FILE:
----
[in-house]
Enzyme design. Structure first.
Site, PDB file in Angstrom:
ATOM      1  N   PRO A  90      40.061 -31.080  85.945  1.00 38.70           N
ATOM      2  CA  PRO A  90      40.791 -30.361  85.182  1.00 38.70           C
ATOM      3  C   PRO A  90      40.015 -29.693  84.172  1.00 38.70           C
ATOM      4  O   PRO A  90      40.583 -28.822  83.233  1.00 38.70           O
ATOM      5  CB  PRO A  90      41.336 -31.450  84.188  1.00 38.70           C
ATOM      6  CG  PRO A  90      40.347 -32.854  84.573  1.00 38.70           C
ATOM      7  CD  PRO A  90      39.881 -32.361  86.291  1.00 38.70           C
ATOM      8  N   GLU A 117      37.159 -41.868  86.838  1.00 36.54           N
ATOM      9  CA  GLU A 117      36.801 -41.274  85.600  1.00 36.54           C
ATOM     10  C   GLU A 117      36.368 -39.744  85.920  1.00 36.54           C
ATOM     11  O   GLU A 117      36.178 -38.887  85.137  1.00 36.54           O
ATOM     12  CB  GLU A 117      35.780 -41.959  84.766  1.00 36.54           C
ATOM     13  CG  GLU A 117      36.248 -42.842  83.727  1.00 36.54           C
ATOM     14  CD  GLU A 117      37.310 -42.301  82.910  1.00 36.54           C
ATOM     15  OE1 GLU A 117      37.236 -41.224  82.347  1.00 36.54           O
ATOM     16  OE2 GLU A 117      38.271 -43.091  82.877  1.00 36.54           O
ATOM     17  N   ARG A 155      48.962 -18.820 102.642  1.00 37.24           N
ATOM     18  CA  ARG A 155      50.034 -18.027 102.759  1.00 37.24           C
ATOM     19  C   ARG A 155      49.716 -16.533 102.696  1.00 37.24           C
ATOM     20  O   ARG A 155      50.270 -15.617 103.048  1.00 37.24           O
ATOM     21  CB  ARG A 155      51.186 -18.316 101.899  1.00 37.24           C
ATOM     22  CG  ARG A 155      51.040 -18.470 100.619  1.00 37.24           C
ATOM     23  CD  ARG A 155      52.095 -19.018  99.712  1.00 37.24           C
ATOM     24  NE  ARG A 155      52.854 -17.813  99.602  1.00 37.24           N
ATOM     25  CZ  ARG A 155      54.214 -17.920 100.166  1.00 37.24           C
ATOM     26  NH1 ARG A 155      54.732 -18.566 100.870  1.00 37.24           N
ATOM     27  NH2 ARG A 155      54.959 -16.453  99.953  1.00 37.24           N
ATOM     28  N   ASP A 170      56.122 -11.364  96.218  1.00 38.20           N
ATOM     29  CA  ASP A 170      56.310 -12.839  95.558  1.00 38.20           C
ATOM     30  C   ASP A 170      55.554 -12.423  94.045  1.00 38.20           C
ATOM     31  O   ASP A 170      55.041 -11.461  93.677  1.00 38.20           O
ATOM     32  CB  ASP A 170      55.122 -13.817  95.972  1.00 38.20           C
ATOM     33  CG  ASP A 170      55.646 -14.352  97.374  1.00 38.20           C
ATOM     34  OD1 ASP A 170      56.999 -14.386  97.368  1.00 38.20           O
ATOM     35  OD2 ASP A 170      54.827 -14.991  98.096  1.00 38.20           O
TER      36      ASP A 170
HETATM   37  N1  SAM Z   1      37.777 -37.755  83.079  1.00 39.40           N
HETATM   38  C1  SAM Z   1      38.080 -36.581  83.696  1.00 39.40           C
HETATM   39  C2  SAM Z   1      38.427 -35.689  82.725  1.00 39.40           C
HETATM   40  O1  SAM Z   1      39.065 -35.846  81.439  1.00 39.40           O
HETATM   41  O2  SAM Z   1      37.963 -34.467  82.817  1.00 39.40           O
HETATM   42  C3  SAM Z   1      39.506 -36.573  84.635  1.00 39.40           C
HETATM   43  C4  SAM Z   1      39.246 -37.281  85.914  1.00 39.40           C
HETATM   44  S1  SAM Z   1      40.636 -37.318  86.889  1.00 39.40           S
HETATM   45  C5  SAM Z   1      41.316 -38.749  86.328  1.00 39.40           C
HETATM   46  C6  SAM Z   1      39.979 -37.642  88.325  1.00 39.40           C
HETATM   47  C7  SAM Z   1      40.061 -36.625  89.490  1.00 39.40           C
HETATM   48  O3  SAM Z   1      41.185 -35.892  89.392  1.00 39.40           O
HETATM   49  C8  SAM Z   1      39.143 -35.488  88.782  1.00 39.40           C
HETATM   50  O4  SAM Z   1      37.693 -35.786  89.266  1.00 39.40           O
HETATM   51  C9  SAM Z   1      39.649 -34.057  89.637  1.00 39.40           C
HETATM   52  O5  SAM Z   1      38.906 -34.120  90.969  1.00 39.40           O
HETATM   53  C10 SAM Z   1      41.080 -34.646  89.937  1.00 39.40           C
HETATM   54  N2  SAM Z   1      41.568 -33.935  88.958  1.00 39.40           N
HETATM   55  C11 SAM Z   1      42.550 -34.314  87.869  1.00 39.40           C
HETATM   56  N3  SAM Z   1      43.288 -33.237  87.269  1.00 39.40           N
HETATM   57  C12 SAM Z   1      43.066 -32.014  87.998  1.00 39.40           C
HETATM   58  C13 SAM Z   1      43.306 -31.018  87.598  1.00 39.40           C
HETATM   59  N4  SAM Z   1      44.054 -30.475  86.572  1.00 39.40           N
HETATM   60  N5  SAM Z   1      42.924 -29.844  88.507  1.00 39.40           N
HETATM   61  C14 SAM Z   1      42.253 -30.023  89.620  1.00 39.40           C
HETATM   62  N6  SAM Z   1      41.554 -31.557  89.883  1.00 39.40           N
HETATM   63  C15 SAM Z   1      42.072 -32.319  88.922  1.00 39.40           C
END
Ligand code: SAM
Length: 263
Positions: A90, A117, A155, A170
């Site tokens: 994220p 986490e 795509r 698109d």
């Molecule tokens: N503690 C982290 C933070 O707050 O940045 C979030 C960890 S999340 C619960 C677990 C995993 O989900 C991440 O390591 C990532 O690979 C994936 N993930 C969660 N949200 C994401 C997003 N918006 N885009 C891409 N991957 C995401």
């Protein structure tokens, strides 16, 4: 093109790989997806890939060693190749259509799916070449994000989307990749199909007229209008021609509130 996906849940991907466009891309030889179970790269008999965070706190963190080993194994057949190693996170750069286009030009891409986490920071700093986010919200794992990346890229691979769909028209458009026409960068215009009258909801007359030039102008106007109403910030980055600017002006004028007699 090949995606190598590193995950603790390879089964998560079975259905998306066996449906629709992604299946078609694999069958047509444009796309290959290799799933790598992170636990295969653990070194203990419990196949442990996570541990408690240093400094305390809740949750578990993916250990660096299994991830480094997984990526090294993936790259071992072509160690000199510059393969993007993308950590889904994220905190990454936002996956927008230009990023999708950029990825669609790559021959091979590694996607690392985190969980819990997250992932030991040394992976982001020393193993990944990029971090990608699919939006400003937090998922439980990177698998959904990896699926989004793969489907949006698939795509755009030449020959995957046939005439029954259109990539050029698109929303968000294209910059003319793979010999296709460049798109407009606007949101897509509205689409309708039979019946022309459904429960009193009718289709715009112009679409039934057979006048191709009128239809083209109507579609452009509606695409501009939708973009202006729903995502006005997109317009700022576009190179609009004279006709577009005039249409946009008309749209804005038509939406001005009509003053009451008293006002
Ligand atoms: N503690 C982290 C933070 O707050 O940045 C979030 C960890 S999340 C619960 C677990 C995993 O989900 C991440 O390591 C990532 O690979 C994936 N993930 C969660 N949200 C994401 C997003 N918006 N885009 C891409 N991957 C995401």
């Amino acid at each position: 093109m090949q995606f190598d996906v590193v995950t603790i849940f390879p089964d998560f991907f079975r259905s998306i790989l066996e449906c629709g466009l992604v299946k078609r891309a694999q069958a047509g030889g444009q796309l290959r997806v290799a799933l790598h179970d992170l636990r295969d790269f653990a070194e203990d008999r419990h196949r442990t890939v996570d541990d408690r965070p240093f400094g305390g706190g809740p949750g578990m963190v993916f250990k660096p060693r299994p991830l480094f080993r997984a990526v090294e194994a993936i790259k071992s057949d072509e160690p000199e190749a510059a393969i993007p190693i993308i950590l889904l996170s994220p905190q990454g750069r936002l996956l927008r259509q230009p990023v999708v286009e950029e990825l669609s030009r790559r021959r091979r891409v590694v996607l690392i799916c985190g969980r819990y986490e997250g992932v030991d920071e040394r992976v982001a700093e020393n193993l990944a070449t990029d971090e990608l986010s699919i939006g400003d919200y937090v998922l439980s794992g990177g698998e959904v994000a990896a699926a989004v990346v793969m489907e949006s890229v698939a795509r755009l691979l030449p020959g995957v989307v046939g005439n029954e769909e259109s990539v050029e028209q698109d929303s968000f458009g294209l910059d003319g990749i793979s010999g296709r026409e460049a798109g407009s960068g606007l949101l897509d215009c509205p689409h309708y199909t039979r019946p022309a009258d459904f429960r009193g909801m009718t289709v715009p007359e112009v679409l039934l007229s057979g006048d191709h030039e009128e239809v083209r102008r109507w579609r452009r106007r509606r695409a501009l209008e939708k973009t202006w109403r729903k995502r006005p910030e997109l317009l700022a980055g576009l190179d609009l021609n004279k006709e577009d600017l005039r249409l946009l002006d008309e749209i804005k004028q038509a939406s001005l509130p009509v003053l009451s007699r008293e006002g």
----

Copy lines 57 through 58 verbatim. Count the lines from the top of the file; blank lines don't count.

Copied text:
HETATM   54  N2  SAM Z   1      41.568 -33.935  88.958  1.00 39.40           N
HETATM   55  C11 SAM Z   1      42.550 -34.314  87.869  1.00 39.40           C